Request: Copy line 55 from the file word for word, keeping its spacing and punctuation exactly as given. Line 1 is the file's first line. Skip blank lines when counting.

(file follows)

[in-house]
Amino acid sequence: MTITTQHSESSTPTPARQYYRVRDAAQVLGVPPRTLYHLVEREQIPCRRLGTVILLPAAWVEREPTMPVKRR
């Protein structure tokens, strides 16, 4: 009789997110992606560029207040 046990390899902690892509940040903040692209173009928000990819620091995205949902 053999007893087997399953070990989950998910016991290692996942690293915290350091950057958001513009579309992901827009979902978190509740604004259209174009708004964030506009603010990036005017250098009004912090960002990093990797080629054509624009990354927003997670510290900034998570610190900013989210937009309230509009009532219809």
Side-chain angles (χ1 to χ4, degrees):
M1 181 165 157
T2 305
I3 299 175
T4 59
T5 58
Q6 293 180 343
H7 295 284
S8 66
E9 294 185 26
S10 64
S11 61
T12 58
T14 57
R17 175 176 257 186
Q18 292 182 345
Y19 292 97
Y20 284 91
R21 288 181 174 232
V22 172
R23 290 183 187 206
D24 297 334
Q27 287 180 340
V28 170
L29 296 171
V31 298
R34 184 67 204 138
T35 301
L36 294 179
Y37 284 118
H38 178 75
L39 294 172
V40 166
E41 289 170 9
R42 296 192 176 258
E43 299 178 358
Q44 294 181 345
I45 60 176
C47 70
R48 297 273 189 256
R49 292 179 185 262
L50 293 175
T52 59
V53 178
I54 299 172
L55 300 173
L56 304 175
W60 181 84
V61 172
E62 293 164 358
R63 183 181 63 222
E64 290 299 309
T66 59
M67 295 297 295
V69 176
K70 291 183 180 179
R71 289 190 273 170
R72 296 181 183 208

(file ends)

E64 290 299 309